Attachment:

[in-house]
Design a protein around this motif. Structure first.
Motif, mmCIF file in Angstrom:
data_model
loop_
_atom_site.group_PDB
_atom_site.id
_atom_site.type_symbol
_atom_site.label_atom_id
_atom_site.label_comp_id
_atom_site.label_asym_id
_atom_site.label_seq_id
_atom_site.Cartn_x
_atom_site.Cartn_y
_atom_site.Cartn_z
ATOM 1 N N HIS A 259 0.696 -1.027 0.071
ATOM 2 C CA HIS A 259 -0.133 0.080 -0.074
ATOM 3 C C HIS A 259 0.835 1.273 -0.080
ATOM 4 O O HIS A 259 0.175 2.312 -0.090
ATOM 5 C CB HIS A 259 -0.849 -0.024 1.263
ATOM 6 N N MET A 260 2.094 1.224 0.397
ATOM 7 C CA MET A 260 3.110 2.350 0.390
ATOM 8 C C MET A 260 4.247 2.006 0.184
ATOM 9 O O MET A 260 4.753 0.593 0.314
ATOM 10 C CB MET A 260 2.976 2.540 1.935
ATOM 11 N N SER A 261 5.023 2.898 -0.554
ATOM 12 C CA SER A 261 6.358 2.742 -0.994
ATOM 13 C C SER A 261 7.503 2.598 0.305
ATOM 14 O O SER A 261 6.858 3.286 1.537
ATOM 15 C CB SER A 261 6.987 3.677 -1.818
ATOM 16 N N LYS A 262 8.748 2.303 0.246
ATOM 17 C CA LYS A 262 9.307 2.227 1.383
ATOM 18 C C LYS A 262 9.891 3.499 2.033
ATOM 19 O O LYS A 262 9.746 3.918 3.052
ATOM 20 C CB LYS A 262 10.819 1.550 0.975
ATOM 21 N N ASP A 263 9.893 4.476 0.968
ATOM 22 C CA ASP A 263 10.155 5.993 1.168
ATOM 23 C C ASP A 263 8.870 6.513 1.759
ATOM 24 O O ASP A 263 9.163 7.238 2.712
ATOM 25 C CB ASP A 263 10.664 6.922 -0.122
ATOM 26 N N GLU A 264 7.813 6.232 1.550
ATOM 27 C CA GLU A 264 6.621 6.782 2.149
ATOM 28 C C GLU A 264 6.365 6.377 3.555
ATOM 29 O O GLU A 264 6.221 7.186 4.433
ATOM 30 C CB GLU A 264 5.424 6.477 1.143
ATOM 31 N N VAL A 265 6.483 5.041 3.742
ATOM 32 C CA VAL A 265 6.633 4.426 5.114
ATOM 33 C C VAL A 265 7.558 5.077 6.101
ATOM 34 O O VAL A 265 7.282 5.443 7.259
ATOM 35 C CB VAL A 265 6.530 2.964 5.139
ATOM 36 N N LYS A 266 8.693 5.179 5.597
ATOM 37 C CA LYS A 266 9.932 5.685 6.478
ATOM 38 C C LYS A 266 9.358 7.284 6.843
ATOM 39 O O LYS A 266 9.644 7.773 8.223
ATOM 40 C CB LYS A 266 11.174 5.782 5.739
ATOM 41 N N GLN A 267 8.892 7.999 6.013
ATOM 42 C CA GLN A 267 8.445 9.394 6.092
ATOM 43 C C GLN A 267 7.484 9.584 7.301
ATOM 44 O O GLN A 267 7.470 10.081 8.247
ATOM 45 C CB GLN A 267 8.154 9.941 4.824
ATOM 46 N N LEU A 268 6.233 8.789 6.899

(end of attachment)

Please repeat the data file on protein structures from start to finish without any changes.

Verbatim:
[in-house]
Design a protein around this motif. Structure first.
Motif, mmCIF file in Angstrom:
data_model
loop_
_atom_site.group_PDB
_atom_site.id
_atom_site.type_symbol
_atom_site.label_atom_id
_atom_site.label_comp_id
_atom_site.label_asym_id
_atom_site.label_seq_id
_atom_site.Cartn_x
_atom_site.Cartn_y
_atom_site.Cartn_z
ATOM 1 N N HIS A 259 0.696 -1.027 0.071
ATOM 2 C CA HIS A 259 -0.133 0.080 -0.074
ATOM 3 C C HIS A 259 0.835 1.273 -0.080
ATOM 4 O O HIS A 259 0.175 2.312 -0.090
ATOM 5 C CB HIS A 259 -0.849 -0.024 1.263
ATOM 6 N N MET A 260 2.094 1.224 0.397
ATOM 7 C CA MET A 260 3.110 2.350 0.390
ATOM 8 C C MET A 260 4.247 2.006 0.184
ATOM 9 O O MET A 260 4.753 0.593 0.314
ATOM 10 C CB MET A 260 2.976 2.540 1.935
ATOM 11 N N SER A 261 5.023 2.898 -0.554
ATOM 12 C CA SER A 261 6.358 2.742 -0.994
ATOM 13 C C SER A 261 7.503 2.598 0.305
ATOM 14 O O SER A 261 6.858 3.286 1.537
ATOM 15 C CB SER A 261 6.987 3.677 -1.818
ATOM 16 N N LYS A 262 8.748 2.303 0.246
ATOM 17 C CA LYS A 262 9.307 2.227 1.383
ATOM 18 C C LYS A 262 9.891 3.499 2.033
ATOM 19 O O LYS A 262 9.746 3.918 3.052
ATOM 20 C CB LYS A 262 10.819 1.550 0.975
ATOM 21 N N ASP A 263 9.893 4.476 0.968
ATOM 22 C CA ASP A 263 10.155 5.993 1.168
ATOM 23 C C ASP A 263 8.870 6.513 1.759
ATOM 24 O O ASP A 263 9.163 7.238 2.712
ATOM 25 C CB ASP A 263 10.664 6.922 -0.122
ATOM 26 N N GLU A 264 7.813 6.232 1.550
ATOM 27 C CA GLU A 264 6.621 6.782 2.149
ATOM 28 C C GLU A 264 6.365 6.377 3.555
ATOM 29 O O GLU A 264 6.221 7.186 4.433
ATOM 30 C CB GLU A 264 5.424 6.477 1.143
ATOM 31 N N VAL A 265 6.483 5.041 3.742
ATOM 32 C CA VAL A 265 6.633 4.426 5.114
ATOM 33 C C VAL A 265 7.558 5.077 6.101
ATOM 34 O O VAL A 265 7.282 5.443 7.259
ATOM 35 C CB VAL A 265 6.530 2.964 5.139
ATOM 36 N N LYS A 266 8.693 5.179 5.597
ATOM 37 C CA LYS A 266 9.932 5.685 6.478
ATOM 38 C C LYS A 266 9.358 7.284 6.843
ATOM 39 O O LYS A 266 9.644 7.773 8.223
ATOM 40 C CB LYS A 266 11.174 5.782 5.739
ATOM 41 N N GLN A 267 8.892 7.999 6.013
ATOM 42 C CA GLN A 267 8.445 9.394 6.092
ATOM 43 C C GLN A 267 7.484 9.584 7.301
ATOM 44 O O GLN A 267 7.470 10.081 8.247
ATOM 45 C CB GLN A 267 8.154 9.941 4.824
ATOM 46 N N LEU A 268 6.233 8.789 6.899